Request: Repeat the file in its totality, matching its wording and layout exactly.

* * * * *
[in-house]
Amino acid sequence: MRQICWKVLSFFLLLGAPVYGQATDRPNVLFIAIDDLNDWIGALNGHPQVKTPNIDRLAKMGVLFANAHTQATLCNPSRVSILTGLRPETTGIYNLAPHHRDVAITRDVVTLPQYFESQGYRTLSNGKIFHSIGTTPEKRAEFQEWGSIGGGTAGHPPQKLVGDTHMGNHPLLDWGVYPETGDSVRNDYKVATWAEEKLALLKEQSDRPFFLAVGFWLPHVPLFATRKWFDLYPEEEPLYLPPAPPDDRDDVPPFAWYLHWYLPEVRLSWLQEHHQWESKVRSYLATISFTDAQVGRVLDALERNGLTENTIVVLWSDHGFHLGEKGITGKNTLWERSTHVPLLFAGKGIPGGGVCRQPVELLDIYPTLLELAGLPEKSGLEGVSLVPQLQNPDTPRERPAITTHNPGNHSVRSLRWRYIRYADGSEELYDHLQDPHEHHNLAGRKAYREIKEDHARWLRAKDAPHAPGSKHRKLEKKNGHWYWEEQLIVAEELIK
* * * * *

[in-house]
Amino acid sequence: MRQICWKVLSFFLLLGAPVYGQATDRPNVLFIAIDDLNDWIGALNGHPQVKTPNIDRLAKMGVLFANAHTQATLCNPSRVSILTGLRPETTGIYNLAPHHRDVAITRDVVTLPQYFESQGYRTLSNGKIFHSIGTTPEKRAEFQEWGSIGGGTAGHPPQKLVGDTHMGNHPLLDWGVYPETGDSVRNDYKVATWAEEKLALLKEQSDRPFFLAVGFWLPHVPLFATRKWFDLYPEEEPLYLPPAPPDDRDDVPPFAWYLHWYLPEVRLSWLQEHHQWESKVRSYLATISFTDAQVGRVLDALERNGLTENTIVVLWSDHGFHLGEKGITGKNTLWERSTHVPLLFAGKGIPGGGVCRQPVELLDIYPTLLELAGLPEKSGLEGVSLVPQLQNPDTPRERPAITTHNPGNHSVRSLRWRYIRYADGSEELYDHLQDPHEHHNLAGRKAYREIKEDHARWLRAKDAPHAPGSKHRKLEKKNGHWYWEEQLIVAEELIK